Study: Statewide Cable Video Franchise Reform Helps Consumers


(January 11, 2007) - In Washington and across the country, cable television consumers are frustrated with soaring cable bills and poor customer service.  Video franchise reform can significantly lower prices and improve service by ending the local monopolies which have long protected cable companies from competition.

Nine states, Arizona, California, Indiana, Kansas, New Jersey, North Carolina, South Carolina, Texas and Virginia, have passed video franchise reform laws since 2005. Congress is also considering a video franchise reform bill.

Video franchises are the revenue-sharing agreements that cable TV companies sign with local governments in return for the exclusive right to offer video services to customers.

A new Reason Foundation/Washington Policy Center report, Better Prices and Better Services for More People, describes the benefits of statewide franchise reform and outlines how states can pass laws that protect consumers and spur competition that will drive prices down, improve service and enable even faster innovation.

"Cable and video reform is a nonpartisan issue," said Adrian Moore, the study's project director and vice president of research at Reason Foundation. "In today's age of web videos and on-demand services, there are so many phone and tech companies itching to enter markets across the country that Democrats and Republicans are finding they can save taxpayers a lot of money by simply allowing competition in the video service industry."

Today, video service is highly regulated at the local level and many local governments have become addicted to the revenue produced by lucrative cable franchise agreements. But we are in the midst of a fundamental shift in the way cable and phone companies do business and the way consumers watch video.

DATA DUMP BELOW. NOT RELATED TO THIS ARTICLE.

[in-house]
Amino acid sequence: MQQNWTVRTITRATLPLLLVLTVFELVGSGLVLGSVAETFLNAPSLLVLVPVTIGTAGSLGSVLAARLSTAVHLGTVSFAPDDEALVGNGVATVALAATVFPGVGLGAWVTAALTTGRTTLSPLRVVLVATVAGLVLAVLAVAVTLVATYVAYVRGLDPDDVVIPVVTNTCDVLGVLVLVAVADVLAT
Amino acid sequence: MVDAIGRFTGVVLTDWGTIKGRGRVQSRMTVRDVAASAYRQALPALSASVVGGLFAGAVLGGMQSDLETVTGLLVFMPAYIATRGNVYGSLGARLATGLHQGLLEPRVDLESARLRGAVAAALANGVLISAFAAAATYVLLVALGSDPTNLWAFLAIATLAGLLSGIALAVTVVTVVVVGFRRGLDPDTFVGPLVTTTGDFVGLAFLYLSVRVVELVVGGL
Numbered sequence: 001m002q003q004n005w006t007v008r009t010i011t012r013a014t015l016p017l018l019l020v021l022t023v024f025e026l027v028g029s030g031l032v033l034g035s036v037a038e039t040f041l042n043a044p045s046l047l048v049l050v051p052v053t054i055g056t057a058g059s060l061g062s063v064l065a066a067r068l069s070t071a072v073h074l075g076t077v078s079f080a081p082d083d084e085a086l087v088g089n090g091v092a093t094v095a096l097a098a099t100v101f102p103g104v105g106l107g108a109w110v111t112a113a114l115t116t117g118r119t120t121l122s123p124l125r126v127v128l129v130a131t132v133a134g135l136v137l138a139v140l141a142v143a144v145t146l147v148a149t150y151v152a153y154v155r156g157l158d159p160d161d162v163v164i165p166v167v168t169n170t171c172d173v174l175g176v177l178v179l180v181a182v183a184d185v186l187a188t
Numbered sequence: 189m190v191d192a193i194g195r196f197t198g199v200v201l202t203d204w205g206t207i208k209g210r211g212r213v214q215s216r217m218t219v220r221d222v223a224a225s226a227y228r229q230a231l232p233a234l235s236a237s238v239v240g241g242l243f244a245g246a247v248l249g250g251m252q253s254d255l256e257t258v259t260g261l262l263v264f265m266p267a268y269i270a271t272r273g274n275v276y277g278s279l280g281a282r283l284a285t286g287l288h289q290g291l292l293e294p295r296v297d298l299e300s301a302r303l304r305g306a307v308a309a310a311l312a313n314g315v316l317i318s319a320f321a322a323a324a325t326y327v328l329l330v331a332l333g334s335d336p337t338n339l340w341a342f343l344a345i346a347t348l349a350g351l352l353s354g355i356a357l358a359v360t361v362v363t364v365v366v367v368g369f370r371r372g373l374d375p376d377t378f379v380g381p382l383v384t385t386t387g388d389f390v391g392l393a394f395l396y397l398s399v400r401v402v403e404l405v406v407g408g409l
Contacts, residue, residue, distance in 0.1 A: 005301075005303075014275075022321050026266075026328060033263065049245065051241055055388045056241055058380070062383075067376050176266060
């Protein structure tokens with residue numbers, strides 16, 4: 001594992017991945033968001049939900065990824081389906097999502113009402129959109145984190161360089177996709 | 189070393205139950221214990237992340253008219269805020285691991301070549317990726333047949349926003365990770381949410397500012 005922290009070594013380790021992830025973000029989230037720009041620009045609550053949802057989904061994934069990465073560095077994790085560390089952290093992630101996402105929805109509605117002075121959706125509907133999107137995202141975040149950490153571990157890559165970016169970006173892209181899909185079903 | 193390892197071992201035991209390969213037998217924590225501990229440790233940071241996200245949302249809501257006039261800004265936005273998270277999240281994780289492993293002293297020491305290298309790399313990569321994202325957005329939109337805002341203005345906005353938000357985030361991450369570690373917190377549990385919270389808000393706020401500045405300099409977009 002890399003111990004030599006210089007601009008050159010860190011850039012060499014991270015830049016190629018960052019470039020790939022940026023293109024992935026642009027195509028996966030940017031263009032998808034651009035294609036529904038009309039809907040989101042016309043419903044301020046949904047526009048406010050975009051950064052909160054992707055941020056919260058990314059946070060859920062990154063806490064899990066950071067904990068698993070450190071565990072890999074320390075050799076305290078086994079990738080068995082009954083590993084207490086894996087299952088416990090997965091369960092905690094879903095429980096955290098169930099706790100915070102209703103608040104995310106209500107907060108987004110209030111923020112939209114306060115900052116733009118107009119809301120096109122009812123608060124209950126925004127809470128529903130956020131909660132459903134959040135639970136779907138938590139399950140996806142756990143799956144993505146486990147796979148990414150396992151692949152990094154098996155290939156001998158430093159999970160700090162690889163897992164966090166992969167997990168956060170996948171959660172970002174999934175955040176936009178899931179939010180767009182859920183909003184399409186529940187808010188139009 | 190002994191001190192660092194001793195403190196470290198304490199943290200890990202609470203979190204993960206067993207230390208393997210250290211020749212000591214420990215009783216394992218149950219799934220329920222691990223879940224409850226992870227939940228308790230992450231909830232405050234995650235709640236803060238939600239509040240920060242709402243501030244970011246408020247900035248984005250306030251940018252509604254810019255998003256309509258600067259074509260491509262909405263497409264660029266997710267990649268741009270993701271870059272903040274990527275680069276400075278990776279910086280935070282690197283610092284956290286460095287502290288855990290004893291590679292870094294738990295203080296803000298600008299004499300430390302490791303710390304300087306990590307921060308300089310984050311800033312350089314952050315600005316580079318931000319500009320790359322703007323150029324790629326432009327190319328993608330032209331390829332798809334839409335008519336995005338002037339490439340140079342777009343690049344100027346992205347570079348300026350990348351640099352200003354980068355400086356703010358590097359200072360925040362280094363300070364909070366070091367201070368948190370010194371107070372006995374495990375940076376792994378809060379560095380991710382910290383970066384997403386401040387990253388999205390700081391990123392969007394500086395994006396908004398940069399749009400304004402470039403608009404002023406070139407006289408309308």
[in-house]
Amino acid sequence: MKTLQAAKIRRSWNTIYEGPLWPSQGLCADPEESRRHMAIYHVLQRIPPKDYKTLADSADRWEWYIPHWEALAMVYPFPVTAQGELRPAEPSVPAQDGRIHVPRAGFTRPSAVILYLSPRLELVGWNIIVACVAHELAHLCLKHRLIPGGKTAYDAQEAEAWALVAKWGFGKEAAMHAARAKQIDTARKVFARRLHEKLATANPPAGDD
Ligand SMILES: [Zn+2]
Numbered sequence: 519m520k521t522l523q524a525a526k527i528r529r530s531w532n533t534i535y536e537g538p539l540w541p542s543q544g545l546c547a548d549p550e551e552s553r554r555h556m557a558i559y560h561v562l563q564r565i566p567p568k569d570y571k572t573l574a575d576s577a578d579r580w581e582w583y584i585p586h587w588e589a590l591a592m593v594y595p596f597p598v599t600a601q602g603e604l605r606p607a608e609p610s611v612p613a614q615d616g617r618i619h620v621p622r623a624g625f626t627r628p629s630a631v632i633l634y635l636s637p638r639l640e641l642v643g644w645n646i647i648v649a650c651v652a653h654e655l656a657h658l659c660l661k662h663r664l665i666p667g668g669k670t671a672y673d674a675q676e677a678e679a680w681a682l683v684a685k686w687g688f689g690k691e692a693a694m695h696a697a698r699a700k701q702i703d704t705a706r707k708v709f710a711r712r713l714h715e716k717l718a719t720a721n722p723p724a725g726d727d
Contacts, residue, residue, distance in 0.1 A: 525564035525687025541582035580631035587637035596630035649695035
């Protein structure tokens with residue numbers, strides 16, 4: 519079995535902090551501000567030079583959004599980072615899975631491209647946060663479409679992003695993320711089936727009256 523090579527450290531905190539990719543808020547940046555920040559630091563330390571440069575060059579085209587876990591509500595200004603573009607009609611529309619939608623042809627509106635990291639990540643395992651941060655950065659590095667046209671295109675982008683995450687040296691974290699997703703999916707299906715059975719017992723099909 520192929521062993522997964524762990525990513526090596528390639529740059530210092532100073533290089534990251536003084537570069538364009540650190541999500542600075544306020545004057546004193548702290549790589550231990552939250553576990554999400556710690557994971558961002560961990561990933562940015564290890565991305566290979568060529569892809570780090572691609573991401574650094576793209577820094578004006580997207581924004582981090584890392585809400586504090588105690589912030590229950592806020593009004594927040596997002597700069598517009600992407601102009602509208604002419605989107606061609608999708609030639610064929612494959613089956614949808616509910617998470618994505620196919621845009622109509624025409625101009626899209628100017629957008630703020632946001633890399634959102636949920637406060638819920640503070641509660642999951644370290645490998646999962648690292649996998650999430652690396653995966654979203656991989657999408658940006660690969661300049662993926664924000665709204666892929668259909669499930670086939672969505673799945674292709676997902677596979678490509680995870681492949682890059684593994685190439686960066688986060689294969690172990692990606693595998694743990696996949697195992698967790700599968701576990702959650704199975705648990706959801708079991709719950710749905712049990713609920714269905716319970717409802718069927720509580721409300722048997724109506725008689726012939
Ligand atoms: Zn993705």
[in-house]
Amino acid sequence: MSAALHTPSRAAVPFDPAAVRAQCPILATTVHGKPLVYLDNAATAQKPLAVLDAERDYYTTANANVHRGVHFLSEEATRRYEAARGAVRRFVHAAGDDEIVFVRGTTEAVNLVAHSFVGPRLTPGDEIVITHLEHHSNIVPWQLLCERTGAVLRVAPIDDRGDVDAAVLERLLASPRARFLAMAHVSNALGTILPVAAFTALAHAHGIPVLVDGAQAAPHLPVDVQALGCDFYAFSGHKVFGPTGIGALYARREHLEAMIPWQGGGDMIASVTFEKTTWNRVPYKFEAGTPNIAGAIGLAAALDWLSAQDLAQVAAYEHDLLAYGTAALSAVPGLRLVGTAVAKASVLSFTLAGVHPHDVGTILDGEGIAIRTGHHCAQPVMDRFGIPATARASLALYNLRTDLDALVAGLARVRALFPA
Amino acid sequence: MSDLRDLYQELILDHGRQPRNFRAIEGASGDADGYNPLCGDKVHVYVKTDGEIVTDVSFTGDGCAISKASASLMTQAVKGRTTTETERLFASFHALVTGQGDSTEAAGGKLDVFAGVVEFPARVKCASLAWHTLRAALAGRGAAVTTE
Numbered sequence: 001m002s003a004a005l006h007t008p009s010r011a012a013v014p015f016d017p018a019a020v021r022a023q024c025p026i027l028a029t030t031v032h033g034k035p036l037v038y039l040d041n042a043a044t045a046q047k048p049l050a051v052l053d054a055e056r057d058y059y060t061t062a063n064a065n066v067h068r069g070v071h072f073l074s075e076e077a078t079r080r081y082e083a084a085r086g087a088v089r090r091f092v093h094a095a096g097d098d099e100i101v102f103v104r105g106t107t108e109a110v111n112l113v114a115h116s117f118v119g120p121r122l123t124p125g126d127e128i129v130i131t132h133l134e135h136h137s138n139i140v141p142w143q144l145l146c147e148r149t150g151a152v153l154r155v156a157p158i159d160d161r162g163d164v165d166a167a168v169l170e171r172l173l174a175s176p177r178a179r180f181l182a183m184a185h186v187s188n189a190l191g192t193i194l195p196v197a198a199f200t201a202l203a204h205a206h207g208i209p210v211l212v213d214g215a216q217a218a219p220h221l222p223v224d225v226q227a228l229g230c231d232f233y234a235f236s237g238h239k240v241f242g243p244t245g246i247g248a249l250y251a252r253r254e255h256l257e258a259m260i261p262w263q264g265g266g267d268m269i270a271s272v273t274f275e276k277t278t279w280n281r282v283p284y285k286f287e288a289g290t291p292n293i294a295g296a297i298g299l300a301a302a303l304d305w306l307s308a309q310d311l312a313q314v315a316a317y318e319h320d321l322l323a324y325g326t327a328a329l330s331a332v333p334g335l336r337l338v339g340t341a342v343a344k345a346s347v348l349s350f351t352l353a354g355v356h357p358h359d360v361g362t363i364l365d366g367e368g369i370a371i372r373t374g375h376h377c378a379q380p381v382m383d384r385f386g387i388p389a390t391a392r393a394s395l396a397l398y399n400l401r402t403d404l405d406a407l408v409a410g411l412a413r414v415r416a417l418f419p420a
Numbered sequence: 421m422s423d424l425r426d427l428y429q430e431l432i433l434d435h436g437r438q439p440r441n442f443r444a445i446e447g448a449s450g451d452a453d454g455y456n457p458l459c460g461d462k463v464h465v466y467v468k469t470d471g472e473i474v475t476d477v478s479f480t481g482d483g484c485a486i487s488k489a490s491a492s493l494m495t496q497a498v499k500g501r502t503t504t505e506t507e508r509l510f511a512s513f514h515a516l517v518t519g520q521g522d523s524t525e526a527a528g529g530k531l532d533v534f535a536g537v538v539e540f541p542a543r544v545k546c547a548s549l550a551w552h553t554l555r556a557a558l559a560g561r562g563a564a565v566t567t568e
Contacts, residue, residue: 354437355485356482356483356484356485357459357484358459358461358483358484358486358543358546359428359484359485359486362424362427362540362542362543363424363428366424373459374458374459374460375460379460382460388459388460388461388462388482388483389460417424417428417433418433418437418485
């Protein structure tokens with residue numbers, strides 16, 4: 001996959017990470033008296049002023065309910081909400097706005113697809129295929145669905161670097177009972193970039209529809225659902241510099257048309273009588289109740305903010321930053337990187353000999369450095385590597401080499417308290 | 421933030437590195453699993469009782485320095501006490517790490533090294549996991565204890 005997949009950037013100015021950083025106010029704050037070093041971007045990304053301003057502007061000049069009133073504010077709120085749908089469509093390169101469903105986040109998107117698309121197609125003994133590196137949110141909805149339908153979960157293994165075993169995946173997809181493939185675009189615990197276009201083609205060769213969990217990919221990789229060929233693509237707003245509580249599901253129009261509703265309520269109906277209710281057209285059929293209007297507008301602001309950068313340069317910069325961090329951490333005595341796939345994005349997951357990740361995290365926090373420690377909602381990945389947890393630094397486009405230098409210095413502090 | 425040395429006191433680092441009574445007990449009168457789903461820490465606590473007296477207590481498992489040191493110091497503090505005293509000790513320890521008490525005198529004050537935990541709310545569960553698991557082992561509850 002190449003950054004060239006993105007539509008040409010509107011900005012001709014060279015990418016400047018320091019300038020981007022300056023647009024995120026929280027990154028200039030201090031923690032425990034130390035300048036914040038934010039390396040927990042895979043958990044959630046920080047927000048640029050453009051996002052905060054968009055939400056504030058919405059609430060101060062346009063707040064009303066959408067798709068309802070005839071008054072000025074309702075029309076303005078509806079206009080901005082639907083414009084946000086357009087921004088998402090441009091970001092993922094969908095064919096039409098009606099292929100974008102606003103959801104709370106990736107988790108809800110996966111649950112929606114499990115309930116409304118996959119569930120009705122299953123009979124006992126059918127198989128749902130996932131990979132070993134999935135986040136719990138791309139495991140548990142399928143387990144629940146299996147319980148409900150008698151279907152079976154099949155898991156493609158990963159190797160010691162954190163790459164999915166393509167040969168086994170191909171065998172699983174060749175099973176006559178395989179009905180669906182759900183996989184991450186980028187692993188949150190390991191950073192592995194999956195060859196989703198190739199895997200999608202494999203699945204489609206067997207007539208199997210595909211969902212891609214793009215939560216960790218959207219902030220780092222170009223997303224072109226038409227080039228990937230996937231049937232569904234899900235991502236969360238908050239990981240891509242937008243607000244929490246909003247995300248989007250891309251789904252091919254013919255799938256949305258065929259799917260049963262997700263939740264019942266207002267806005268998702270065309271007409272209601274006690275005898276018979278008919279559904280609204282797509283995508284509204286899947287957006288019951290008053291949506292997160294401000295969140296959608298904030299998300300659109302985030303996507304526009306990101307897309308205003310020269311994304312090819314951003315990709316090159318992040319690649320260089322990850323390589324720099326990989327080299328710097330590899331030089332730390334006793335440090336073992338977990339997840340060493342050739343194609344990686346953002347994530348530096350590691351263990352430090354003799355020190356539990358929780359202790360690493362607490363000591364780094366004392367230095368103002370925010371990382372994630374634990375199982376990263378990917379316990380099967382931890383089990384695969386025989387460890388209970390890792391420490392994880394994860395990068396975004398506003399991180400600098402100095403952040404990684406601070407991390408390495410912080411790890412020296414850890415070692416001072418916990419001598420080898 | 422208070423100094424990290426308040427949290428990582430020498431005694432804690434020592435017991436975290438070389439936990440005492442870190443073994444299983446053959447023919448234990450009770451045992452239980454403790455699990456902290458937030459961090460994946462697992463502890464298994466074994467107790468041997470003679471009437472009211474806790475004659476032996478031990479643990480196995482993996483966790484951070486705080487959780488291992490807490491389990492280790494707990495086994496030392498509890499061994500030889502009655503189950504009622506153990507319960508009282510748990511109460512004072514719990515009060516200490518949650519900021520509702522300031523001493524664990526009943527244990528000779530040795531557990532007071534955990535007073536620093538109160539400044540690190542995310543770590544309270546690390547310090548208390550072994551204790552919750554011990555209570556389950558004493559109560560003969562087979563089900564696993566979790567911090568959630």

"This new report lays out several instances where the consumers, companies and governments all come out ahead because of private-sector innovation," said Carl Gipson of the Washington Policy Center. "When government gets out of the way in this instance, everybody wins."

"With iTunes and YouTube capturing huge shares of viewers who skip the traditional TV model altogether, local governments would be wise to make plans for the day when local TV distribution is no longer a cash cow," stated Steven Titch, author of the report.

In Keller and Plano, Texas, Charter Communications was charging $68.99 for cable TV service in the area. But after Texas passed statewide franchise reform, Verizon jumped into the Keller and Plano markets, offering 180 channels for just $43.95 or 35 channels for just $12.95. Charter responded by slashing its prices and offering a bundle of 240 channels “ plus high speed internet “ for just $50, $18.99 less than they were charging previously for cable alone.

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  • Steven Titch, Telecom Policy Analyst, Reason Foundation, (281) 571-4322

  • Adrian Moore, Vice President of Research, Reason Foundation, (661) 477-3107

  • Carl Gipson, Policy Analyst, Washington Policy Center, (206) 937-9691